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Hedging Foreign Currency Transaction Exposure

Dow, Benjamin L., III, Kunz, David, Journal of the International


Academy for Case Studies
CASE DESCRIPTION
The primary subject matter of this case is hedging foreign currency
exchange rate risk. Secondary issues examined include assessing
transaction exposure and comparing hedging techniques to
effectively manage unwanted exposure. The case requires students
to have an introductory knowledge of accounting, statistics, finance
and international business thus the case has a difficulty level of four
(senior level) or higher. The case is designed to be taught in one
class session of approximately 3 hours and is expected to require 34 hours of preparation time from the students.
CASE SYNOPSIS
St. Louis Chemical is a regional chemical distributor, headquartered
in St. Louis. Don Williams, the President and primary owner, began
St. Louis Chemical ten years ago after a successful career in
chemical sales and marketing. The company has gradually
expanded it product line and network of manufactures. However, a
year-end report had shown shrinking profit margins on product lines
that include chemicals purchased from a Canadian manufacturer.
Williams has asked for recommendations regarding his firm's
exposure to exchange rate risk.
INSTRUCTORS' NOTES
CASE OVERVIEW
St. Louis Chemical is a regional chemical distributor, headquartered
in St. Louis. Don Williams, the President and primary owner, began
St. Louis Chemical ten years ago after a successful career in
chemical sales and marketing. During a year-end review, Williams
noticed a significant deterioration in the profit margins of many
specialty chemical lines. After further investigation, Williams learned
their supplier, Norcand Chemical, required all orders to be invoiced
in Canadian dollars. As a result of the invoicing policy, St. Louis
Chemical was exposed to an average of 90 days of exchange rate
transaction exposure. Williams solicited the help of James Thorton, a
newly hired assistant in the finance office, in proposing alternatives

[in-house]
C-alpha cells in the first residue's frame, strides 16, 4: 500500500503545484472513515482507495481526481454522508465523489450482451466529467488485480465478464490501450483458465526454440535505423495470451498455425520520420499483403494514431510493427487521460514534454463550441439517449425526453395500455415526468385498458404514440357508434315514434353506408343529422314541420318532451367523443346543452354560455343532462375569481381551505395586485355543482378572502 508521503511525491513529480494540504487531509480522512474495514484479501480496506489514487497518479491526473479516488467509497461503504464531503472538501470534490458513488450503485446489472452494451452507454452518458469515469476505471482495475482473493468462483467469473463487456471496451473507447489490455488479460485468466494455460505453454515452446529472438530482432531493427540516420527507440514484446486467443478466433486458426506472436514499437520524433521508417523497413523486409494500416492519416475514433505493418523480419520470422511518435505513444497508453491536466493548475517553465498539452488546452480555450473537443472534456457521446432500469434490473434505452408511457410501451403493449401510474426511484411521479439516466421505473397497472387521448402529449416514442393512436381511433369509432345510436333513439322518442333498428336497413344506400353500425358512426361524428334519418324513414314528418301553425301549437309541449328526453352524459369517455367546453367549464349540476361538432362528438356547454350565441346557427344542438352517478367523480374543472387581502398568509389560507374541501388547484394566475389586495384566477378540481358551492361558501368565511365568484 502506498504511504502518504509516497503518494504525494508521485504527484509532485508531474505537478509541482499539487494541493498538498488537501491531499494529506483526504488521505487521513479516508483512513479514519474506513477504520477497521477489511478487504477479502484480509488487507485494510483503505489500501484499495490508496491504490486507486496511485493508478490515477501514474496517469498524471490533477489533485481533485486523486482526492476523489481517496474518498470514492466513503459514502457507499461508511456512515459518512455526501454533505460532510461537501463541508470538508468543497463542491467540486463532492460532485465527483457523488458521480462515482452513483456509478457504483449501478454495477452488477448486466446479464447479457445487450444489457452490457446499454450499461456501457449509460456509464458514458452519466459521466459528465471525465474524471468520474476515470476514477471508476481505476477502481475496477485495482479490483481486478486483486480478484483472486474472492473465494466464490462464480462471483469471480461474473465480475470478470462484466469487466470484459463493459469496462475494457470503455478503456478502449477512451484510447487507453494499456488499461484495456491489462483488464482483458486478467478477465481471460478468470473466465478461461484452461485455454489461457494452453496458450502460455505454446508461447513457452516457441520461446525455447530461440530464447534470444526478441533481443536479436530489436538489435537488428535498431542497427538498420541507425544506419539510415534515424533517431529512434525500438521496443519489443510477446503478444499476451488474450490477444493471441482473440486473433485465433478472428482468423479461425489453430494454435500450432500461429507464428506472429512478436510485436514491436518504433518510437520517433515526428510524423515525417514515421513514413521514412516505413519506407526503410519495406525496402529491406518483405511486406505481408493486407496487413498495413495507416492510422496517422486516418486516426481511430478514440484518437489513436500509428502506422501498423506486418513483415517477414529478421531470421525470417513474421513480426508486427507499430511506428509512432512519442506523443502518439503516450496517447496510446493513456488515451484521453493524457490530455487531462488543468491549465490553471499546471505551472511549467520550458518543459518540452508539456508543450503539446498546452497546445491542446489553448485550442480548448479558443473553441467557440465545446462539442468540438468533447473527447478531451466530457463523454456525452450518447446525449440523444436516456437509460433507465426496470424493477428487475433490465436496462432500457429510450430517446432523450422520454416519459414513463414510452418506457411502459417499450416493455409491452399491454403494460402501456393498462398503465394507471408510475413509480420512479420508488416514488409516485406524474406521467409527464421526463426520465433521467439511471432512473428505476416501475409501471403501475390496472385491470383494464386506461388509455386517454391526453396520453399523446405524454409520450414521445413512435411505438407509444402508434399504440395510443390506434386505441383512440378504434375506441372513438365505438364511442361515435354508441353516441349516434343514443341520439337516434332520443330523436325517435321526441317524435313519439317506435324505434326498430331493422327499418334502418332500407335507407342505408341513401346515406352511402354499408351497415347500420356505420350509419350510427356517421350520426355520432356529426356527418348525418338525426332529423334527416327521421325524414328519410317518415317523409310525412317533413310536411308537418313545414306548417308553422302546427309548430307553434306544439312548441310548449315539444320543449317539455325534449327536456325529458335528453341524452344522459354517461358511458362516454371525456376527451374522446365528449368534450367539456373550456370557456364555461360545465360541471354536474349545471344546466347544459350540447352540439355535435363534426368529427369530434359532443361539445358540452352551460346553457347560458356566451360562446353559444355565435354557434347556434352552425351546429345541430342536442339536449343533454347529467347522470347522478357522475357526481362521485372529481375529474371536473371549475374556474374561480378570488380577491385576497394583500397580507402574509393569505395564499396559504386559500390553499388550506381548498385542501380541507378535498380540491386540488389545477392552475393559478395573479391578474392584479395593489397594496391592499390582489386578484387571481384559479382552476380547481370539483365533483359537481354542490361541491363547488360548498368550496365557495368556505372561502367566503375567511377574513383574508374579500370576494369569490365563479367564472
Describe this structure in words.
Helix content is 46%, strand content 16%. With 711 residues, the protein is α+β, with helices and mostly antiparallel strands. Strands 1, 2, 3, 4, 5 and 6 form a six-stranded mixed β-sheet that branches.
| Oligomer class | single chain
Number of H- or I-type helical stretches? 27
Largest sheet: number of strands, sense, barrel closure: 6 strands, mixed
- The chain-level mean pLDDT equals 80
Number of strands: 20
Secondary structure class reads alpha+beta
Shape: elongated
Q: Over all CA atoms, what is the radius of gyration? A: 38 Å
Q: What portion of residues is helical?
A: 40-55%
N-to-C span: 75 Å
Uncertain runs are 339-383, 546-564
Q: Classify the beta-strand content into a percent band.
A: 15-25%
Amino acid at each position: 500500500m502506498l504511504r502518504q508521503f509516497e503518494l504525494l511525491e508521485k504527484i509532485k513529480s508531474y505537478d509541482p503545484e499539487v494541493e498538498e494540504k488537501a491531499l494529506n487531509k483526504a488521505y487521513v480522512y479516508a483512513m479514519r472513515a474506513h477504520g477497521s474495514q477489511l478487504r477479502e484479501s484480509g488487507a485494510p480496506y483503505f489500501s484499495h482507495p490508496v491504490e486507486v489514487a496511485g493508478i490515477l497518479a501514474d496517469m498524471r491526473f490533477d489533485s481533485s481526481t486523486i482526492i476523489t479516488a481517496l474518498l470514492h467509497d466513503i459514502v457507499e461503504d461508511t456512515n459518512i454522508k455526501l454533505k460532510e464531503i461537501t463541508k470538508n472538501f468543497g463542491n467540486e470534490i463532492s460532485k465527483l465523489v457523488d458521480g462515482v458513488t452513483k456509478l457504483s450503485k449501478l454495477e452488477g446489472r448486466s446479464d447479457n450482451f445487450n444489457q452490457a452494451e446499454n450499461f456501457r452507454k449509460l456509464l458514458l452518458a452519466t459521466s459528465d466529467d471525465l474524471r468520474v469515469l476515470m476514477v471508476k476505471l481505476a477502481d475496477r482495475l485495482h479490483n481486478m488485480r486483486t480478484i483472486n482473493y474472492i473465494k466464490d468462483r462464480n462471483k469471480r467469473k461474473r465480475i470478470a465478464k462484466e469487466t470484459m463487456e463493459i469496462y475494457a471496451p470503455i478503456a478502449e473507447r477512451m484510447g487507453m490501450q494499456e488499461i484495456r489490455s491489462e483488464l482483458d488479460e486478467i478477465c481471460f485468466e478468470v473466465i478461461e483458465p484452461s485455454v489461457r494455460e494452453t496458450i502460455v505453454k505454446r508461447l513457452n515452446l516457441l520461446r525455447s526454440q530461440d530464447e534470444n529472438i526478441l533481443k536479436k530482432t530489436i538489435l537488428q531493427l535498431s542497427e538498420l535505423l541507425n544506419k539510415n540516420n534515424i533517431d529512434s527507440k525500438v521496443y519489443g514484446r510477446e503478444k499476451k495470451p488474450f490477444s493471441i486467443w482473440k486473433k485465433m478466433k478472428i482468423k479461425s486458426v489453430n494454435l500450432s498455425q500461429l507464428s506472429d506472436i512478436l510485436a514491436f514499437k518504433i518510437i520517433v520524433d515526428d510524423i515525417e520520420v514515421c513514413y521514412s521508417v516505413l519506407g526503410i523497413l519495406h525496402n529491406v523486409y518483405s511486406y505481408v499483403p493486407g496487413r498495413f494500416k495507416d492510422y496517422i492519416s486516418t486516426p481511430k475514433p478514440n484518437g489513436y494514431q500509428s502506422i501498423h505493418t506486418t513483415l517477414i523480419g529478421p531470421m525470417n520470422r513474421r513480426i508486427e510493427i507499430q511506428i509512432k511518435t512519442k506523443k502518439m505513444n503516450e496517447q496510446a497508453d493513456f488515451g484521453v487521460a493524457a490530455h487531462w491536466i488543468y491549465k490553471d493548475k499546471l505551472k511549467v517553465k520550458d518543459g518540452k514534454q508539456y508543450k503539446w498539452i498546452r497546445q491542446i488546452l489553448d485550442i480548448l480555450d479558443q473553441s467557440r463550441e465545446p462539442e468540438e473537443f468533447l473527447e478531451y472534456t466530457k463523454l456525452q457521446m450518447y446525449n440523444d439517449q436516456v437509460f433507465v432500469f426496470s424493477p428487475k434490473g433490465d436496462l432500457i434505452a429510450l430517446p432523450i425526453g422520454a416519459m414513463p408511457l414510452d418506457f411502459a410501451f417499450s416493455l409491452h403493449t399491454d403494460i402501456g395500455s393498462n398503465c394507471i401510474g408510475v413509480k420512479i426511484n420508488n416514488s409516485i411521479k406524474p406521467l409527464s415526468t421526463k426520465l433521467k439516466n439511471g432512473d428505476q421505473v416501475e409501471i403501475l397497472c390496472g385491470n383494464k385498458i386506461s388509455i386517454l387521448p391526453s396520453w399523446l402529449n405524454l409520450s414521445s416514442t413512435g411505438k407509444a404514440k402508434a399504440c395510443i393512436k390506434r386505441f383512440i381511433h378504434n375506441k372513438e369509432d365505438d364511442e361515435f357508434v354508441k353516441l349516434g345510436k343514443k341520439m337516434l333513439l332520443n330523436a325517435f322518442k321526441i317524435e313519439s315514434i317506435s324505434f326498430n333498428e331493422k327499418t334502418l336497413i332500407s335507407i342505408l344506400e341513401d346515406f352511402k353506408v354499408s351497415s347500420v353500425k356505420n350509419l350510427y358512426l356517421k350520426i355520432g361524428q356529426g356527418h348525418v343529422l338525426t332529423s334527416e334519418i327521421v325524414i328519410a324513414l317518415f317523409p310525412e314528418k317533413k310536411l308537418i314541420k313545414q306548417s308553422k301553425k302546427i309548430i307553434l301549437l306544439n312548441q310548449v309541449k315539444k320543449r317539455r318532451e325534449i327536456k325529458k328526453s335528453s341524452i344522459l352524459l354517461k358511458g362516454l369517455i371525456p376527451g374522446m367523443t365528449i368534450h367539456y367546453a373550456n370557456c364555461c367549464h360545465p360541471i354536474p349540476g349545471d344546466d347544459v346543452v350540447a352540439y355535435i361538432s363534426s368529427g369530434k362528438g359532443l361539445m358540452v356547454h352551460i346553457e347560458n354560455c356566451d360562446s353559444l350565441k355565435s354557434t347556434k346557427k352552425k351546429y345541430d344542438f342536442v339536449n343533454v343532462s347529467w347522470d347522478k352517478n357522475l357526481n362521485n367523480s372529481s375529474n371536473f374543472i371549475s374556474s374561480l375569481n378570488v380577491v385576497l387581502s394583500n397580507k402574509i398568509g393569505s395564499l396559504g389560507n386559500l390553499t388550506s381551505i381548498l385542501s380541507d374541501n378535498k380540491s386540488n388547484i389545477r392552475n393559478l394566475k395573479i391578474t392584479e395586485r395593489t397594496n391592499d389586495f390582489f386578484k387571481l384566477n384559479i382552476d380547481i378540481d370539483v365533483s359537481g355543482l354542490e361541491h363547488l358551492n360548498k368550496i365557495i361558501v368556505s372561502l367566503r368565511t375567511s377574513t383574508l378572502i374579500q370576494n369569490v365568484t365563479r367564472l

to manage the exchange rate risk.
The primary subject matter of this case is foreign currency exchange
rate risk. secondary issues examined include assessing transaction

exposure and comparing hedging techniques to effectively manage


exposure. The case requires students to have an introductory
knowledge of accounting, statistics, finance and international
business, thus the case has a difficulty level of four (senior level) or
higher. The case is designed to be taught in one class session of
approximately 3 hours and is expected to require 4-5 hours of
preparation time from the students.
TASKS TO BE PERFORMED
1. Calculate the percentage change in the #CAD/1USD exchange
rate between the order month and invoice month for past
transactions. Determine the US dollar cost differ ence per
transaction between the estimate used by Packmore and the in
voice paid by Scott. Explain the effect of exchange rate movements
on profit margins during 2005.
During the first 6 months of 2005, the exchange rate risk had
benefited St. Louis Chemical. A modest strengthening of the US
dollar that had occurred for orders placed from October 2004 to
March 2005 but paid for from January to June 2005 meant that St.
Louis Chemical had actually paid a total of $18,260 less for Norcand
orders compared to costs Young entered at the time of the orders.
Unfortunately, the last 6 months of 2005 had provided a much
different outcome. Orders placed from April to September of 2005
and paid for from July to December 2005 had resulted in actual
payments of $46,390 more than costs entered in by Young. The US
dollar cost difference is a function of the percentage change in the